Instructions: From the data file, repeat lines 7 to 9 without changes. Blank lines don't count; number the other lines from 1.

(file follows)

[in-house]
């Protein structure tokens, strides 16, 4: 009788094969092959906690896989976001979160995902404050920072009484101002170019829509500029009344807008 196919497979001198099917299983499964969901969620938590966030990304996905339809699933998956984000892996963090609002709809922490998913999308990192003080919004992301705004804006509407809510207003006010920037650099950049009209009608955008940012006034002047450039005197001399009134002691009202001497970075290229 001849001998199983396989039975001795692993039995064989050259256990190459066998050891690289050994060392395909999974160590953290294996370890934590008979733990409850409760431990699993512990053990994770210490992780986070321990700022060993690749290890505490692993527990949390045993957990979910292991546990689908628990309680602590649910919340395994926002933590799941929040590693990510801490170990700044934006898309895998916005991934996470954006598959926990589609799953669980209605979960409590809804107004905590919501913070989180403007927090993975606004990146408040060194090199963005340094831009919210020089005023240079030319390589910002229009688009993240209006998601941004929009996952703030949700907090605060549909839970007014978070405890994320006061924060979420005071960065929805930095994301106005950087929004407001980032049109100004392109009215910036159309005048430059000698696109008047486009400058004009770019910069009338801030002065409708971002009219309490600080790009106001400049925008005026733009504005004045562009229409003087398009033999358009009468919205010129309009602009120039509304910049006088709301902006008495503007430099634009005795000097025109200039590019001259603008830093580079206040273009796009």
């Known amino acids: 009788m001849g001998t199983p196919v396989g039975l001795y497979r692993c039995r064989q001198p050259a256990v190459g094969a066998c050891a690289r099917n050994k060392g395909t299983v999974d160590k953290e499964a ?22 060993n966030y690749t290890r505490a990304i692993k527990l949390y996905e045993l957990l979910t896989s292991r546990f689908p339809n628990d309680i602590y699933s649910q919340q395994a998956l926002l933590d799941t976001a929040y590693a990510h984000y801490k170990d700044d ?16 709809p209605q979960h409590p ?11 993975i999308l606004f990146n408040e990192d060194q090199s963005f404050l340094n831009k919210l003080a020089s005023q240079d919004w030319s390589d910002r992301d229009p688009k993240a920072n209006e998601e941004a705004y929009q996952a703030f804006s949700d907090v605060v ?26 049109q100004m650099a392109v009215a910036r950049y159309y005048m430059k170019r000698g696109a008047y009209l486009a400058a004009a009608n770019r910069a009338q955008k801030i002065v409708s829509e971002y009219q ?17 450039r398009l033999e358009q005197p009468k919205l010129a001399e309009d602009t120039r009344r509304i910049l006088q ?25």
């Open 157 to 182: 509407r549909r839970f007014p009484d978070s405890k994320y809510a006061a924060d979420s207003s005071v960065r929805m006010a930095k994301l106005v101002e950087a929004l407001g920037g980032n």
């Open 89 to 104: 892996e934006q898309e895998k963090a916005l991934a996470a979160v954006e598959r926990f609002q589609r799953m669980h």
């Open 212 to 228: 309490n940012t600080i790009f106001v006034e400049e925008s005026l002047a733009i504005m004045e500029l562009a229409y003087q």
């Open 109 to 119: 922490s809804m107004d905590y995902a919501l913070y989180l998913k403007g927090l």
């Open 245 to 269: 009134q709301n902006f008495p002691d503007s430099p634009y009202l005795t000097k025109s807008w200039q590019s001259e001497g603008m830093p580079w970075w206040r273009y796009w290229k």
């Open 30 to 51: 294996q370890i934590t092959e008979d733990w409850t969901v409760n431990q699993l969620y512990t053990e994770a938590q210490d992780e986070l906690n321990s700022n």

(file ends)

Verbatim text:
């Open 109 to 119: 922490s809804m107004d905590y995902a919501l913070y989180l998913k403007g927090l």
């Open 245 to 269: 009134q709301n902006f008495p002691d503007s430099p634009y009202l005795t000097k025109s807008w200039q590019s001259e001497g603008m830093p580079w970075w206040r273009y796009w290229k």
């Open 30 to 51: 294996q370890i934590t092959e008979d733990w409850t969901v409760n431990q699993l969620y512990t053990e994770a938590q210490d992780e986070l906690n321990s700022n």